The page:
Dad of 4 here. Preemptively plan for supplies that are needed and be active in jumping in and assisting with things you're able to do. There will be a period when you've pushed a bit away and a lot of guys take that personally when they're used to being front and center. Embrace the support role, don't demand anything from your partner, but give 110%. Be the first to change the diaper, jump up to wash bottles and restock towels and blankets. Childbirth is exhausting on a level we will never understand, now is the time to embrace that support role expect nothing back and be okay with it. It could last longer than you think, but a good dad and partner is the rock the mom and baby can stand on. Be that and love it. u/deleted
The biggest thing you can do is just listen to her, make note of minor annoyances and clear them for her. If a smell sets her off, remember that and avoid it. If she craves food, stock it. If there's a minor discomfort you can solve with a new pillow or some stuff, buy one. If she starts doing the nesting thing, let her take the lead on that but clear her time to run that by taking care of any normal chores that she usually does. But there are also a lot of day-to-day discomforts and annoyances we can alleviate that can bring the stress level down. The more proactive you can be, the less she has to think about. It's not enough to just do what she asks you have to look for those opportunities to help and take that mental load off to reduce stress. u/azuth89
The fact that you are asking this question is already a sign that you will be a good partner and father. Two things will be most important: love and patience. It can be expected that pregnancy can cause mood swings or uncommon food cravings. After birth, she may also go into postpartum depression, and then there's the baby who requires a lot of attention and care. At times when you feel tired or overwhelmed, always remember love brought you there and exercise utmost patience. The happiness far outweighs the difficulties. u/xi_an_xi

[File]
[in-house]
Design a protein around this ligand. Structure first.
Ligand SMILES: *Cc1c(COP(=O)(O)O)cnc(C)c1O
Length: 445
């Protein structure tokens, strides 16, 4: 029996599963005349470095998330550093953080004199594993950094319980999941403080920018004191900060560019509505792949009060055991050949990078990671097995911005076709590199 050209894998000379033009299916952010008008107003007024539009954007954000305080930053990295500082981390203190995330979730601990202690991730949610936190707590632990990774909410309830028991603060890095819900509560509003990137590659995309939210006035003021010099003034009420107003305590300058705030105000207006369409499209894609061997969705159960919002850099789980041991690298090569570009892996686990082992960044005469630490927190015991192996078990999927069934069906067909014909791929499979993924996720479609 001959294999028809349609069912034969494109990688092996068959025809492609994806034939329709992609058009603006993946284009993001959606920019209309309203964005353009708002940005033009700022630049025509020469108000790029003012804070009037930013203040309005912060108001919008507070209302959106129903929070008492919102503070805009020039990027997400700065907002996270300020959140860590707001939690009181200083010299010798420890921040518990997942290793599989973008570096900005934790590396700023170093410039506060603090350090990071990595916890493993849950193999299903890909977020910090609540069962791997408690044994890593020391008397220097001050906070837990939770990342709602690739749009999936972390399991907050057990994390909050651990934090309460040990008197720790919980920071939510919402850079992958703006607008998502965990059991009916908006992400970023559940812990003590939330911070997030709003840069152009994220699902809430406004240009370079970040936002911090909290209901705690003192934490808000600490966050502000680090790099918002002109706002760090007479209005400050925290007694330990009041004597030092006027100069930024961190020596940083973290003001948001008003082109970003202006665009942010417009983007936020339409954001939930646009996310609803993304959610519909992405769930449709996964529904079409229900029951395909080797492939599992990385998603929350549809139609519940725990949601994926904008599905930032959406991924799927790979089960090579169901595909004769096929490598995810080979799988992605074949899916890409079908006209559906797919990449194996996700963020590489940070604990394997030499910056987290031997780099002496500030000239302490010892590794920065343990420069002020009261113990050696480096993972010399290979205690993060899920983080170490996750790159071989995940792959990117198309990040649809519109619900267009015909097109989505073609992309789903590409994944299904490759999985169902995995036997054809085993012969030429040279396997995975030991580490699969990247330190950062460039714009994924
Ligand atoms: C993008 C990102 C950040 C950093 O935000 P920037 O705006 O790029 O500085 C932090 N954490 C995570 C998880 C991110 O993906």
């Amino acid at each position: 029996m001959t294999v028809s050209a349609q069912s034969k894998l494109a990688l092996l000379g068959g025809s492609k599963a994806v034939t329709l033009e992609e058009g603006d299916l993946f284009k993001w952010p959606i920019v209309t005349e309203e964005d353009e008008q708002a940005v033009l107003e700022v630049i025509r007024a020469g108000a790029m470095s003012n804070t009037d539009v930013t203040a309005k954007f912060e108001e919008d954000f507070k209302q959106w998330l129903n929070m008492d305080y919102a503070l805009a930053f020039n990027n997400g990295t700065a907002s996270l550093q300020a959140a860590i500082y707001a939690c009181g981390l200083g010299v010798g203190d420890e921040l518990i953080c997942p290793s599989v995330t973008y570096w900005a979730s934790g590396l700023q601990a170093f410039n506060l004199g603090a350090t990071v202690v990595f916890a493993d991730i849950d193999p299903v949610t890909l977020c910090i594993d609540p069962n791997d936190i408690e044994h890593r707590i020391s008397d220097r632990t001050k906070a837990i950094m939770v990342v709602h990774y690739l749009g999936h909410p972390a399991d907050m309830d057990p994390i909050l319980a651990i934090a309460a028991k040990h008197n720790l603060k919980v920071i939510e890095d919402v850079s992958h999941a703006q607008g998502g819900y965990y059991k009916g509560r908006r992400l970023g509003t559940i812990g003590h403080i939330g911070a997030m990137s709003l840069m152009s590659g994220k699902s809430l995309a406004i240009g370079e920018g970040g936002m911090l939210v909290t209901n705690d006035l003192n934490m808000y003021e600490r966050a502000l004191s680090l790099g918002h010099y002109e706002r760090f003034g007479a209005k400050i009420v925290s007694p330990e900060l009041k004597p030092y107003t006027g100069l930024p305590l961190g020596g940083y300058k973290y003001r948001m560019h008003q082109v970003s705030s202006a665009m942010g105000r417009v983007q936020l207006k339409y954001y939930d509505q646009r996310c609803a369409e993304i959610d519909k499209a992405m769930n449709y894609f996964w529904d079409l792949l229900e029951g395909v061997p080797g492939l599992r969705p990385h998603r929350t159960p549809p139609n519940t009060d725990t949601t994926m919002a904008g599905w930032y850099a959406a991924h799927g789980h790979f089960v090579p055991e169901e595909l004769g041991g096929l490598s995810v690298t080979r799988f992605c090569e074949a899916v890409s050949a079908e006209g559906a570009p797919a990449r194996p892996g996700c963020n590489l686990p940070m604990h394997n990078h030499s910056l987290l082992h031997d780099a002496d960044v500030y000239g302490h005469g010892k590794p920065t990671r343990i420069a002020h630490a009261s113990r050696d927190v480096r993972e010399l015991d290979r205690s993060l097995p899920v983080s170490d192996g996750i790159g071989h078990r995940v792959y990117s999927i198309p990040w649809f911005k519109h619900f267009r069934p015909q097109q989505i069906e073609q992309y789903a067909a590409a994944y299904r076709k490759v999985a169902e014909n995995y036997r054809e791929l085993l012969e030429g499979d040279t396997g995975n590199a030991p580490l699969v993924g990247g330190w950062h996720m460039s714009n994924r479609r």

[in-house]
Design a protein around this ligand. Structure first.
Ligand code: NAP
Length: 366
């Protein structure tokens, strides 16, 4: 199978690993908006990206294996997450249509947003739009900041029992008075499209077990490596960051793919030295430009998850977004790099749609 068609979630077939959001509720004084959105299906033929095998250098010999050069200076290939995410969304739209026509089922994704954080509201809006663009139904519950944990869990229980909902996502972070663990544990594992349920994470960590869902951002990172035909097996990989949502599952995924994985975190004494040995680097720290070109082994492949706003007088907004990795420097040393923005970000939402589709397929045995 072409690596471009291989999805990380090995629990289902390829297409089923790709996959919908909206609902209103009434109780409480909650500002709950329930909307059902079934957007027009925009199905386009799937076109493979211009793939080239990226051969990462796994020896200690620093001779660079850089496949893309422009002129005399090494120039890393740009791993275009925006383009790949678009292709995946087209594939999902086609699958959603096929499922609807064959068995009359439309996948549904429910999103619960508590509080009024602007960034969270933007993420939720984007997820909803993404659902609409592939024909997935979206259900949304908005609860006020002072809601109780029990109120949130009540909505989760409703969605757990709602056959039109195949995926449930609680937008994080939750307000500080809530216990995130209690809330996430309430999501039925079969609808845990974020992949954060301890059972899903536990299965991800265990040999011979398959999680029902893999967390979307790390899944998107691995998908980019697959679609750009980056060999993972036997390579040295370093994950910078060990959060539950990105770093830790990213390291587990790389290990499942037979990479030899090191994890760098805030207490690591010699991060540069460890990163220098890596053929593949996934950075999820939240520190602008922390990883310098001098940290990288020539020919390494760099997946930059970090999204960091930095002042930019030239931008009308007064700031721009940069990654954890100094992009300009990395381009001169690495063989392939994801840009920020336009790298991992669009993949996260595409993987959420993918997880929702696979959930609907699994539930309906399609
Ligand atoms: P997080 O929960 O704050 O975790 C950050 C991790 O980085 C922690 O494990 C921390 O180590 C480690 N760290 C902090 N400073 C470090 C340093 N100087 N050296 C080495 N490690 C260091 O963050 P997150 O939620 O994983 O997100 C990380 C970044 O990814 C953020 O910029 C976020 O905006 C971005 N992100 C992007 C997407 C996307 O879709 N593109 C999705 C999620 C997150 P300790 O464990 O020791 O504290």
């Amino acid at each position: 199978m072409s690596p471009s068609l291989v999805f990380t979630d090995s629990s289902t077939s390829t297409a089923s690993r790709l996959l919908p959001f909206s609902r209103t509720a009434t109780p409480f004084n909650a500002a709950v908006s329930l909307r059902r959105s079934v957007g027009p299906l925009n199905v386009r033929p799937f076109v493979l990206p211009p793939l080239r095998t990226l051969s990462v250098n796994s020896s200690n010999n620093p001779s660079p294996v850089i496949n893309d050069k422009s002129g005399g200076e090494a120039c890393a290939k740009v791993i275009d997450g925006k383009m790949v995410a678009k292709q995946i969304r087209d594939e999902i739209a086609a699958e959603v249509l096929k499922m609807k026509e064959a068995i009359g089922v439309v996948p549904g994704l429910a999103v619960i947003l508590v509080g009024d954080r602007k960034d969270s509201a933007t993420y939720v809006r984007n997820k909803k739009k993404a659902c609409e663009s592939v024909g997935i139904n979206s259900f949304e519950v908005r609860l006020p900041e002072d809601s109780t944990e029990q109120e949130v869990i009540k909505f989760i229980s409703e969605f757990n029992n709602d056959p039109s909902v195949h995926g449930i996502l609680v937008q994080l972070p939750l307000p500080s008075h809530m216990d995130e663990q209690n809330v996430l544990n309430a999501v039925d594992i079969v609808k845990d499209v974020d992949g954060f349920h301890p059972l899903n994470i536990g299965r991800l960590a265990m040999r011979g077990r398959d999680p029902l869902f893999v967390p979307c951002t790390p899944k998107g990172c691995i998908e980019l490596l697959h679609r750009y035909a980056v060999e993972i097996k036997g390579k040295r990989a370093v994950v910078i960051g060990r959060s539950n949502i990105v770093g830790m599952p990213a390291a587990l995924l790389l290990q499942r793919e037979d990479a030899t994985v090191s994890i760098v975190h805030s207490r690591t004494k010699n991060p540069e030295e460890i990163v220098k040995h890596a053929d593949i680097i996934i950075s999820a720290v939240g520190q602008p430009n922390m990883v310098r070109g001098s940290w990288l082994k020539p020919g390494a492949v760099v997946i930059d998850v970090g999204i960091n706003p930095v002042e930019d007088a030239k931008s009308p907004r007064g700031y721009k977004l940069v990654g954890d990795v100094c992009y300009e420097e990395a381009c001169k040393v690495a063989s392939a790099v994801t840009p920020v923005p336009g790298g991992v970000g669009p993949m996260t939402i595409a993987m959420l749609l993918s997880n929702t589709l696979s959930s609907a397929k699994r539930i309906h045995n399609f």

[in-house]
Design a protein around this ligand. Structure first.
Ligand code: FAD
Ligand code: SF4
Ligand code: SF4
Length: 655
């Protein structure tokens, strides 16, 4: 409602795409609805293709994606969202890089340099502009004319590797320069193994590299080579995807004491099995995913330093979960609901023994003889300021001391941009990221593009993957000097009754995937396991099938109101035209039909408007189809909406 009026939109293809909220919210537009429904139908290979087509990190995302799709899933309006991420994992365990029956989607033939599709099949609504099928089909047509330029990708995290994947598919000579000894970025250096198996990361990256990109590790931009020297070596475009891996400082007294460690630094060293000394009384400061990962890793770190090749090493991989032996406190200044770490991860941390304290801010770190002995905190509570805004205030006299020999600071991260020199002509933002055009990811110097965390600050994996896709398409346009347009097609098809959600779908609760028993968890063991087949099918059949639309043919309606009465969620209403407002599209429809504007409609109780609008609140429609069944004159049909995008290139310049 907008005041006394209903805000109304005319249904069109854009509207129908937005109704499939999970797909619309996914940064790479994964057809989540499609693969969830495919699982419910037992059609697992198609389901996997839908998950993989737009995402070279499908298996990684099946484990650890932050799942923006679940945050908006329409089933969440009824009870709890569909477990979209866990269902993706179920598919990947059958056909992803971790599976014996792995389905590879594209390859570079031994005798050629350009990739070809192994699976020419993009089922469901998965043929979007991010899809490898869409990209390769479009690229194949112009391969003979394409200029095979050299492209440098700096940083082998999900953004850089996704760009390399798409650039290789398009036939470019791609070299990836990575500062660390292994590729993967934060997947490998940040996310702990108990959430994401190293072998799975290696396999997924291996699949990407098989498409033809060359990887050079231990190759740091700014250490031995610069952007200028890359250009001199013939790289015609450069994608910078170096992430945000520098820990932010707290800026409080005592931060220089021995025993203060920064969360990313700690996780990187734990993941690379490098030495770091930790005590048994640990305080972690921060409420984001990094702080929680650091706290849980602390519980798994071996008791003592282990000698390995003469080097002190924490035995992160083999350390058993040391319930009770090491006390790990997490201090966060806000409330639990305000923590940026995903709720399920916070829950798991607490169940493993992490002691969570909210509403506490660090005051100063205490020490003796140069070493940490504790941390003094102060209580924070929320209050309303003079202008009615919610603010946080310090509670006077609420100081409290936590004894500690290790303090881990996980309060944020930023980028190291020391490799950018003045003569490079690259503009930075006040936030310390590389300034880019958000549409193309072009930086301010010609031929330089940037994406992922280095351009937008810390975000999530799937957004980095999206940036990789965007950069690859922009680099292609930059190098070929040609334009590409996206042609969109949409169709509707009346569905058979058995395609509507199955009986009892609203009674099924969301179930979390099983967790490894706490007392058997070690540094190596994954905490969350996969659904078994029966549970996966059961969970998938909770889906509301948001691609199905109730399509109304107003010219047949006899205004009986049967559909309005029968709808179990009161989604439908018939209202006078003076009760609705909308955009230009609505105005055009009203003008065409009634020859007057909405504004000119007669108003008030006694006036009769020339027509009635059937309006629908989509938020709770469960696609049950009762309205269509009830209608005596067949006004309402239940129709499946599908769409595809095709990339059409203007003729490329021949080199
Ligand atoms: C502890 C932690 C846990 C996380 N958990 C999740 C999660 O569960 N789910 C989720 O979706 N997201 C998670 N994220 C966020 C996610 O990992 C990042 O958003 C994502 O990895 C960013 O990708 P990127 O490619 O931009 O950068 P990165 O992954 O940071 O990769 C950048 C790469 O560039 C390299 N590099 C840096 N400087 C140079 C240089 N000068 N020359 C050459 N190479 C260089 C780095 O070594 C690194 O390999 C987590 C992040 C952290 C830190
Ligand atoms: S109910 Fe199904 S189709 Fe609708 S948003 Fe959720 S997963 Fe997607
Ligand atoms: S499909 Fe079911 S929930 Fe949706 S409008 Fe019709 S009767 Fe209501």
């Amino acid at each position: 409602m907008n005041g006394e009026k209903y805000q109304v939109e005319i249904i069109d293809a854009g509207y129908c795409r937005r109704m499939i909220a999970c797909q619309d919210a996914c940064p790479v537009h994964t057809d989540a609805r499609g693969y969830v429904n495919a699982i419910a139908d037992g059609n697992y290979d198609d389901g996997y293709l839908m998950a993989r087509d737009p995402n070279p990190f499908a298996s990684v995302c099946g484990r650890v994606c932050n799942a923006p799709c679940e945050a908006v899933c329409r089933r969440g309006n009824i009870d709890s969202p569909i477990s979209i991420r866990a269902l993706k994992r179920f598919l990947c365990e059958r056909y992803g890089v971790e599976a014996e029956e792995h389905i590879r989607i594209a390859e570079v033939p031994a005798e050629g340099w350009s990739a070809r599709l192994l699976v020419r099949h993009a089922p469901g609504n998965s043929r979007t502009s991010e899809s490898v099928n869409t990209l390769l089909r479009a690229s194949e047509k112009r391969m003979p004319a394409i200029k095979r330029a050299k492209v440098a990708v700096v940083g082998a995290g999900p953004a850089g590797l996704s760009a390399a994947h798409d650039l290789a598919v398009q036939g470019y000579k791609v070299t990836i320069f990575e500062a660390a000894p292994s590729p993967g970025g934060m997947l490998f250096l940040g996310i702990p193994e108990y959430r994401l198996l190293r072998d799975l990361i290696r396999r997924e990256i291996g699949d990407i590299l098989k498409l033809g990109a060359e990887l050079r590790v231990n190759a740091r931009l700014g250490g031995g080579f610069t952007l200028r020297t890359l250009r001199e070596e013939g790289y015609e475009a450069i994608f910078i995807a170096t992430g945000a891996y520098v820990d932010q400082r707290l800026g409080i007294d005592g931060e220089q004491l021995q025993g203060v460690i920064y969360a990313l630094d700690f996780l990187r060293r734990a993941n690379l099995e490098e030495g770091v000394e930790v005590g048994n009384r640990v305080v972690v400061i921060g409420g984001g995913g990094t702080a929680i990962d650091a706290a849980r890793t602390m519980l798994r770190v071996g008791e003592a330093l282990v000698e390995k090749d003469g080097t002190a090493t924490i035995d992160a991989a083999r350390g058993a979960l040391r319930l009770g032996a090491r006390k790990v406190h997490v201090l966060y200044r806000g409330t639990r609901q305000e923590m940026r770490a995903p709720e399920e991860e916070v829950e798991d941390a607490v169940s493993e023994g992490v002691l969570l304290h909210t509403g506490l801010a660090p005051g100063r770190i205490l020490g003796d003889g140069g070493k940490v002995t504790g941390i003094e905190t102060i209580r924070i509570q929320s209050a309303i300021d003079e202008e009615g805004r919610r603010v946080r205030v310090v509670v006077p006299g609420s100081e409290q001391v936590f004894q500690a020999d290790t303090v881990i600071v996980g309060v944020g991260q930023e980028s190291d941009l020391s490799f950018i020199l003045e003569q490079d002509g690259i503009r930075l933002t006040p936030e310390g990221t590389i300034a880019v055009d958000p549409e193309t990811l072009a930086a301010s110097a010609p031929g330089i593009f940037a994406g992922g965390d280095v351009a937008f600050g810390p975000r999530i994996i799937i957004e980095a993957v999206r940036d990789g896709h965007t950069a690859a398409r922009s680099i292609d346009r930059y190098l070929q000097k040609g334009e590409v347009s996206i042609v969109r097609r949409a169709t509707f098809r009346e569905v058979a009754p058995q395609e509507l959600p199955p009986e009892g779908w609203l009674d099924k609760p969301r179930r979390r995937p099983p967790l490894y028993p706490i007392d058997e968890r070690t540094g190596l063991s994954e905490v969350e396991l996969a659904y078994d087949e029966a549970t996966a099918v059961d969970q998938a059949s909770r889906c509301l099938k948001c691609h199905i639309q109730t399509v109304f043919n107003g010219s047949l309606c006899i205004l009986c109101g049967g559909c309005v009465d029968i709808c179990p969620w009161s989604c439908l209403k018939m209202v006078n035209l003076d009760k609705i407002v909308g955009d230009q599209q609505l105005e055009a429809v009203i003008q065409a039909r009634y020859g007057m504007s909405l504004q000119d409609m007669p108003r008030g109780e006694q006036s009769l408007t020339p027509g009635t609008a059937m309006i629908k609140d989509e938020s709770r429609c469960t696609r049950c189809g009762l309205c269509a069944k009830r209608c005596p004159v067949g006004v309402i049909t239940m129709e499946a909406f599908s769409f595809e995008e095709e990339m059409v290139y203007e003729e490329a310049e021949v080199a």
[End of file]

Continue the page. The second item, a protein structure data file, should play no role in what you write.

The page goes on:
Get her a body pillow. Double cushion any chair she deems her favorite. Pick up the slack in the housekeeping. Get nice-looking joggers, maternity clothes are a scam and uncomfortable at best. Wrap a wet towel at her feet if she's feeling too hot. A couple of blankets at hand if she's feeling cold. As strong as she might be, she'll need reassurance that you still love her when the weight kicks in, be there for her! Arguments will ensue due to her hormones being out of control towards the end, defuse them immediately, and don't argue back. Change diapers, don't leave it all to your partner. If your partner needs a nap, no matter how tired you are your answer should always be: "Go on, I've got this." u/2footbanana
I know the "get married" advice can sound old-fashioned, but a stable relationship for you and the new mom is a huge factor in the mental health of a child. The predictability, modeling of love, and peaceful home life will give your child a boost for the rest of their life. If not marriage, then committed partners. If not committed partners, then a loving friendship. And avoid a revolving door of new relationships for either parent if you move on from each other. I've been a teacher for 18 years, K-12. 9/10 kids who struggle socially/ emotionally have unstable parents. u/Feetupwithwine
My wife and I are having our first kid in November. One thing I kept bugging her to do was to take a bath. My theory was it'd help take some of the weight off her hips. Well, she finally took one and felt fantastic after and now she's having more. u/deleted
Be very attentive to Post Partum Depression. I've known couples whose marriages strained and one even separated because of it (mine went through a rough patch, but wouldn't call it strained since we're over it) At first signs, get it treated, counseling or antidepressants. Your partner may not be able to identify it herself, can't see the forest beyond the trees kind of situation. u/chr15c